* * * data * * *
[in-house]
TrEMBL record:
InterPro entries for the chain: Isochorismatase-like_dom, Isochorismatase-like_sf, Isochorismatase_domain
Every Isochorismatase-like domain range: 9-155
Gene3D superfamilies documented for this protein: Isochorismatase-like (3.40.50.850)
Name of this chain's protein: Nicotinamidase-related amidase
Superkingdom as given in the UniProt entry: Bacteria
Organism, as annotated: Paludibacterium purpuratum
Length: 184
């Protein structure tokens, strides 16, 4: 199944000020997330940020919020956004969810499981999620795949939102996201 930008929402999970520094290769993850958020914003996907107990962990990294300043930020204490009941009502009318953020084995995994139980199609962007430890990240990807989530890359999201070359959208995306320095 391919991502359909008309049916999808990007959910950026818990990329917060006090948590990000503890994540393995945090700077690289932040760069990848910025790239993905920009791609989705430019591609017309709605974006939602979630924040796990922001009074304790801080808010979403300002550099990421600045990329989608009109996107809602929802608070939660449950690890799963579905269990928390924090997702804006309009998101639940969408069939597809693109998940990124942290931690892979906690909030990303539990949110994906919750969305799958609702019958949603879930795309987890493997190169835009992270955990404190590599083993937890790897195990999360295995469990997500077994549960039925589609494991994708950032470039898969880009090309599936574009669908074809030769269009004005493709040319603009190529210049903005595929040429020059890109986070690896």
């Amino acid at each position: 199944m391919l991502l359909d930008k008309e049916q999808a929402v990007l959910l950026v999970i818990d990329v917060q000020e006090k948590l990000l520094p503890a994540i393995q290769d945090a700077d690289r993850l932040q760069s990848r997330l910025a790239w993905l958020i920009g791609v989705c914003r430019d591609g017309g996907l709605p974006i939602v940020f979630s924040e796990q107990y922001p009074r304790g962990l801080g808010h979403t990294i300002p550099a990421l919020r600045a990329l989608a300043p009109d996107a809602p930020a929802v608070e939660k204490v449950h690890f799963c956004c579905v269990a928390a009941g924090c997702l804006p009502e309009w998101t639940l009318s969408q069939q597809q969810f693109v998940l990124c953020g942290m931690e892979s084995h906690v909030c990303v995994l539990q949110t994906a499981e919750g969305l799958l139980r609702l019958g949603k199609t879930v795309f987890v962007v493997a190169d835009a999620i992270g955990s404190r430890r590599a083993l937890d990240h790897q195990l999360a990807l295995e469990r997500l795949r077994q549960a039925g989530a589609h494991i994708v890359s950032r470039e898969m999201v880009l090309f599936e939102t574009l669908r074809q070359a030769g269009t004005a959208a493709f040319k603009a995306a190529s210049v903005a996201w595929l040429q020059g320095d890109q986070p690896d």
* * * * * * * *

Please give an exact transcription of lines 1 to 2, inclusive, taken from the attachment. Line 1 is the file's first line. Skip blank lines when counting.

[in-house]
TrEMBL record: